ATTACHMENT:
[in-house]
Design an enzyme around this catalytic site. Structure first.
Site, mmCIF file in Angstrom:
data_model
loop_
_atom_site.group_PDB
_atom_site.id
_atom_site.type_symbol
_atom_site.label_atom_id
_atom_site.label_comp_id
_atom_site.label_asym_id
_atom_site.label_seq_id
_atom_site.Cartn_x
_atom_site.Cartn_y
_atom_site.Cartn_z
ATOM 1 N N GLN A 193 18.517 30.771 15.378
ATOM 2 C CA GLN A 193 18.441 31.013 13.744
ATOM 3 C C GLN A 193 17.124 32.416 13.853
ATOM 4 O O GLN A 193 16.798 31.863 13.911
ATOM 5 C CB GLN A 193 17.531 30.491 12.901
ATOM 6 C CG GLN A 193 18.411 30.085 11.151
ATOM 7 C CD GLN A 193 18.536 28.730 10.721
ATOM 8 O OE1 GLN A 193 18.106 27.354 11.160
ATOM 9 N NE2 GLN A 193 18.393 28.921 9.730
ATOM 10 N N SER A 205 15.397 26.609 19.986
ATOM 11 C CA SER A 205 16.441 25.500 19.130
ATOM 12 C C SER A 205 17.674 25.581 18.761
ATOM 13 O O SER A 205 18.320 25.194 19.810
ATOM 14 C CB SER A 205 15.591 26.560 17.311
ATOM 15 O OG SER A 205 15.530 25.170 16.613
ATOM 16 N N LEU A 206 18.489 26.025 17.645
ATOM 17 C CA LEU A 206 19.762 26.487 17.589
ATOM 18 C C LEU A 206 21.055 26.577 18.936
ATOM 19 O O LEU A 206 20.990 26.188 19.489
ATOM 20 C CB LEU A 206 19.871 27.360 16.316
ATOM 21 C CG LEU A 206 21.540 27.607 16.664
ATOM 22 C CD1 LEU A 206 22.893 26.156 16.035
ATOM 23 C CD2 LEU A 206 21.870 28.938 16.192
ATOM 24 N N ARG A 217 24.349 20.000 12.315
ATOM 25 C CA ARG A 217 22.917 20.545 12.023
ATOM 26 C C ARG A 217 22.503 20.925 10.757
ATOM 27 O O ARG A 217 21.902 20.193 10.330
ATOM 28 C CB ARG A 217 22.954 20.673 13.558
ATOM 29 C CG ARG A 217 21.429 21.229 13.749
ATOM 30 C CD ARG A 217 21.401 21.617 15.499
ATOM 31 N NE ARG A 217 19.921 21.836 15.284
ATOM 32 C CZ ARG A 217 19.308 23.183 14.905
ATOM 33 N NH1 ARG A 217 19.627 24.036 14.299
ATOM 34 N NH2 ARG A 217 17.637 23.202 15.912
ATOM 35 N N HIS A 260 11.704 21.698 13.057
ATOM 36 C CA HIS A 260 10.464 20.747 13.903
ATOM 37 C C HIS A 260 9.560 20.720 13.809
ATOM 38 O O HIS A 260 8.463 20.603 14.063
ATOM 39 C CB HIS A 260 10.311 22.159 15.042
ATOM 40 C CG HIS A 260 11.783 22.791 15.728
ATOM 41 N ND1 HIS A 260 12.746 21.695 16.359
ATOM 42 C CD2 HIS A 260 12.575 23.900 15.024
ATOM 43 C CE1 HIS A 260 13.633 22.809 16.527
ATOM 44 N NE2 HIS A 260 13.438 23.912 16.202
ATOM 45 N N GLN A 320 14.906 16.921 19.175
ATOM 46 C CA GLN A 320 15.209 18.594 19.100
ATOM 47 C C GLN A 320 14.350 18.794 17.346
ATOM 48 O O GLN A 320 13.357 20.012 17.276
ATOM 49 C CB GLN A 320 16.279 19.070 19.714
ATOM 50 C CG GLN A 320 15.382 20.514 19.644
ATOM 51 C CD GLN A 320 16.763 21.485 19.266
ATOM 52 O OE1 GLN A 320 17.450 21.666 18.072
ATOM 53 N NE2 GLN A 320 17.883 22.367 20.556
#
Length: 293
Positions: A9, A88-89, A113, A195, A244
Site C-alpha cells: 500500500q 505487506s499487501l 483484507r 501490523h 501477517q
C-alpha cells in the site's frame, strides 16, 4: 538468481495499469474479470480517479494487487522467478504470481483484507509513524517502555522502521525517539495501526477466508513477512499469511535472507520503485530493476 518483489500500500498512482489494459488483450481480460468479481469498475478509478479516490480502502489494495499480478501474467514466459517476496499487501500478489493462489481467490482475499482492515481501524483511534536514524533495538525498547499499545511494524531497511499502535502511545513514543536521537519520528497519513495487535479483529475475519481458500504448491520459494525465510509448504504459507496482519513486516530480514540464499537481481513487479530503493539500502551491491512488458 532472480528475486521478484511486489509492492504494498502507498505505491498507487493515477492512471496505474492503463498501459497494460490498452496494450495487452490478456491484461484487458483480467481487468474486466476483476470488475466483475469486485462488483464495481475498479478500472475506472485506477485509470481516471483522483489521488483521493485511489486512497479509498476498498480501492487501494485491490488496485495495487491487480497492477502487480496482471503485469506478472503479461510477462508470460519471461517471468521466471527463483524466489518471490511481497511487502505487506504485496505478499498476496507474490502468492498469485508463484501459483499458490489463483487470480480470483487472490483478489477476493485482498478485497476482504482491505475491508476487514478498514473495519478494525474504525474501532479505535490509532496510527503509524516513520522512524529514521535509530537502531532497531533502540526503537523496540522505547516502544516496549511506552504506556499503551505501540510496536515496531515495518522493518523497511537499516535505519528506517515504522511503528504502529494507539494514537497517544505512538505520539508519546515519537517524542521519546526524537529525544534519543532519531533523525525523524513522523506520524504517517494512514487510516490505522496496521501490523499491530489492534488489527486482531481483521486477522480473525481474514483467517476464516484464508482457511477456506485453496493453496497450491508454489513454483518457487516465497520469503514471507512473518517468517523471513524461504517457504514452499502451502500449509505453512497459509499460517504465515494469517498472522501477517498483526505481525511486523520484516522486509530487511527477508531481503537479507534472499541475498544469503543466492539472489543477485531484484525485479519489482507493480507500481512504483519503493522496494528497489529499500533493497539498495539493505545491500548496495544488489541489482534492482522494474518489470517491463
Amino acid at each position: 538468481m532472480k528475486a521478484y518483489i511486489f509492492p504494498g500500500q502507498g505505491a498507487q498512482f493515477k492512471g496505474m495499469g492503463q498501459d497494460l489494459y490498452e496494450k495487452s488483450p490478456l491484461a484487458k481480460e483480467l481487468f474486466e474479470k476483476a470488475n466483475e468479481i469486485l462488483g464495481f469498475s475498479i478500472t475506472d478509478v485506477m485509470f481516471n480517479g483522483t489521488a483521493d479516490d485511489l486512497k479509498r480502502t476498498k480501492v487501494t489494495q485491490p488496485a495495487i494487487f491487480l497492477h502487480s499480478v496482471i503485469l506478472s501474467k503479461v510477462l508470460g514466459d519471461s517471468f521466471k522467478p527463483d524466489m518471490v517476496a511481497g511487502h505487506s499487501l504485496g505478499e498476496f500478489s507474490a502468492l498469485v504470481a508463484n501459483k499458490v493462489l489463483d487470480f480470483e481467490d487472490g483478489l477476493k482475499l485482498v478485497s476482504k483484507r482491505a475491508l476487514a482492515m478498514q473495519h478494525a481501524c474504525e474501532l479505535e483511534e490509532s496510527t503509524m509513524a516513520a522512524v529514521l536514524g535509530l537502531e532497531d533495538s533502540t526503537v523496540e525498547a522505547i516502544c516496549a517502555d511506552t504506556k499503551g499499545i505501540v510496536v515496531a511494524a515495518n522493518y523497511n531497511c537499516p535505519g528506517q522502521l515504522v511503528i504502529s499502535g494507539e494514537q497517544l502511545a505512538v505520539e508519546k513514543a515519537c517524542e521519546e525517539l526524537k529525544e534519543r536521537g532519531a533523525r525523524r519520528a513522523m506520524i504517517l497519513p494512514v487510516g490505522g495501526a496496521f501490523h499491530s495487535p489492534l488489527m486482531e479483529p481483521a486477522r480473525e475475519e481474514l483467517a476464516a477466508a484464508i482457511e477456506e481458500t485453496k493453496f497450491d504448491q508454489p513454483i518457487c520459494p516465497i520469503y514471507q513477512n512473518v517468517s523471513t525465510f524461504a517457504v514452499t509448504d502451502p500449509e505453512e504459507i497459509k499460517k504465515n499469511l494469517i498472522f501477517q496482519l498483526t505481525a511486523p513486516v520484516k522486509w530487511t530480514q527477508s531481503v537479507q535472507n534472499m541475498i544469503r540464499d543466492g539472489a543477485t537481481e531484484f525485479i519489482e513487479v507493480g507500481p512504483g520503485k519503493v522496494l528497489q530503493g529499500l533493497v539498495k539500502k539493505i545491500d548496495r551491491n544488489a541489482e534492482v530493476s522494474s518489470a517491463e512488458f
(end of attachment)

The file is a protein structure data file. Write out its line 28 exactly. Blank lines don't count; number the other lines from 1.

ATOM 13 O O SER A 205 18.320 25.194 19.810